Contamination found in battery anode sample using BEX imaging
Figure 1. BEX Imaging of a battery anode. The C and Si parts are easily imaged as is a Ti contaminant.

The solution to this is to rapidly review the sample with a SEM equipped with Unity, as the combined Backscattered Electron (BSE) and very high count-rate X-ray (BEX) imaging method means that potential contaminants can be reliably picked out and identified by both morphology and composition even when they are very small (i.e. <1 μm). The BEX approach can be utilised in real time, as the very high throughput means that detailed combined imaging can be performed even whilst the sample is in motion during navigation around the sample. For potentially contaminated battery powder samples, this means that important decisions can be made on whether production should proceed or on where corrective actions needs to be taken very rapidly. The distribution of particles of multiple types within the electrode is seen immediately via BEX imaging, as both topographic and compositional information are displayed simultaneously, thereby reducing time-to-report significantly (Figure 1).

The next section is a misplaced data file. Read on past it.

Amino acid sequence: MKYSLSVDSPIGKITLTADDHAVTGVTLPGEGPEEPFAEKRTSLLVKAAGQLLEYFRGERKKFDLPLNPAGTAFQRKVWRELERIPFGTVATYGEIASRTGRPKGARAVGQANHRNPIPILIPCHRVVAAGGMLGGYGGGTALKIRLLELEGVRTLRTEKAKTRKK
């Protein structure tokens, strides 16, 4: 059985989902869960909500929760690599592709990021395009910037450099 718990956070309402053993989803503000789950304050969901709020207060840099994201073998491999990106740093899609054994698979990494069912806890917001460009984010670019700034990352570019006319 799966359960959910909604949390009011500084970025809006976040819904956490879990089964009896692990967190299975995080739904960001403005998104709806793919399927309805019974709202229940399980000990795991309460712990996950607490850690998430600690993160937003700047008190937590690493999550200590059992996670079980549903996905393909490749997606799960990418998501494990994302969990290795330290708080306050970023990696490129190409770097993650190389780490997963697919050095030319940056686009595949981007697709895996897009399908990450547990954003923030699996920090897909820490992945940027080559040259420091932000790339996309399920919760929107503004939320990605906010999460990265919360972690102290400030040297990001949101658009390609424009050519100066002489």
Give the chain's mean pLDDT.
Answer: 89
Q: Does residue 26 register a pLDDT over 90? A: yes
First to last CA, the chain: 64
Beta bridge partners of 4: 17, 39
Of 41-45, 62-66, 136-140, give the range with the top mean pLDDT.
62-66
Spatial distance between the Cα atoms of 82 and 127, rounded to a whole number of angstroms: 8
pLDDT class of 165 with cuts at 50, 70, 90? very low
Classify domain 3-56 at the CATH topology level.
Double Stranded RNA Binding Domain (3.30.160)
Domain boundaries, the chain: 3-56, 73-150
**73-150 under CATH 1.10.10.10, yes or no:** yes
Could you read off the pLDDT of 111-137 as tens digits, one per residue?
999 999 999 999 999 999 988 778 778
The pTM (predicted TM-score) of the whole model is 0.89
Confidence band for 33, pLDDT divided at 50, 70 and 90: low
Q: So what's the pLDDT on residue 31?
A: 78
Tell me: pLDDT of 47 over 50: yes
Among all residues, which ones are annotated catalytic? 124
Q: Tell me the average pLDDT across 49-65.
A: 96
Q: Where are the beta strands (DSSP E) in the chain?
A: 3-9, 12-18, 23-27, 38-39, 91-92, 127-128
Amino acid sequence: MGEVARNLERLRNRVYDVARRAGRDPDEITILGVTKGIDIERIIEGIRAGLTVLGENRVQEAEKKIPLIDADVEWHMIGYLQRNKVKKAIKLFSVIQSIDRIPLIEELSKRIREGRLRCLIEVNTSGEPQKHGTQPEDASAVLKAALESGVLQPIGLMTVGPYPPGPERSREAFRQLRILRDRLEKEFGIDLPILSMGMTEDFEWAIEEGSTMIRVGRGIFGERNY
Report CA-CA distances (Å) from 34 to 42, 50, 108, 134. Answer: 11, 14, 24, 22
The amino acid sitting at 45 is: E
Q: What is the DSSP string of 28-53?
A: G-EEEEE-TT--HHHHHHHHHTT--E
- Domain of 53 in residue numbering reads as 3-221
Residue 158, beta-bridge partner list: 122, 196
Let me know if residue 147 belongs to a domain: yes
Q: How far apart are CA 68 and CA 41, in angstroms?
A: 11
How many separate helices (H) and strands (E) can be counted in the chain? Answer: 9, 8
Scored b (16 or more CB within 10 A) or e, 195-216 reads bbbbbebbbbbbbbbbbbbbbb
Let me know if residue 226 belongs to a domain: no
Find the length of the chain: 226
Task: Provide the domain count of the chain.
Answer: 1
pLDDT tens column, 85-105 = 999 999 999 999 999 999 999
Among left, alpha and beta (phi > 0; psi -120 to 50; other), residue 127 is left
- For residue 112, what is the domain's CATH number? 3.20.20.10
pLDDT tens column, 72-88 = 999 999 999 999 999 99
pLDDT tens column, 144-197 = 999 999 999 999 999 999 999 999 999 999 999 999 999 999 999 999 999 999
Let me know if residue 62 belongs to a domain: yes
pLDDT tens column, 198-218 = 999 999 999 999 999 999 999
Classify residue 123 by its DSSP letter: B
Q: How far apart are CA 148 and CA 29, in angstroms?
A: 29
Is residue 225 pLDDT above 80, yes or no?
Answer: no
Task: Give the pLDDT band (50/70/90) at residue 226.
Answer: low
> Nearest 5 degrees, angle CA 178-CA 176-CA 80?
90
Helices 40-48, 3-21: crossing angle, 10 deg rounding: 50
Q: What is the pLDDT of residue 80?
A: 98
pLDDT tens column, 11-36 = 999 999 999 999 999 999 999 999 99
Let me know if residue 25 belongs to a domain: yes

Challenging feature positioning

The under-polepiece design of Unity means that BEX imaging is performed from a top-down perspective. This means that even when particles or features of interest are present in topographic lows within samples, they are still accurately imaged for their composition. This is a great advantage when searching for contamination, as grains of different morphology to those that make up the majority of the sample will frequently fall into topographic lows – and can be almost impossible to identify by other means (e.g. the Ti in Figure 1).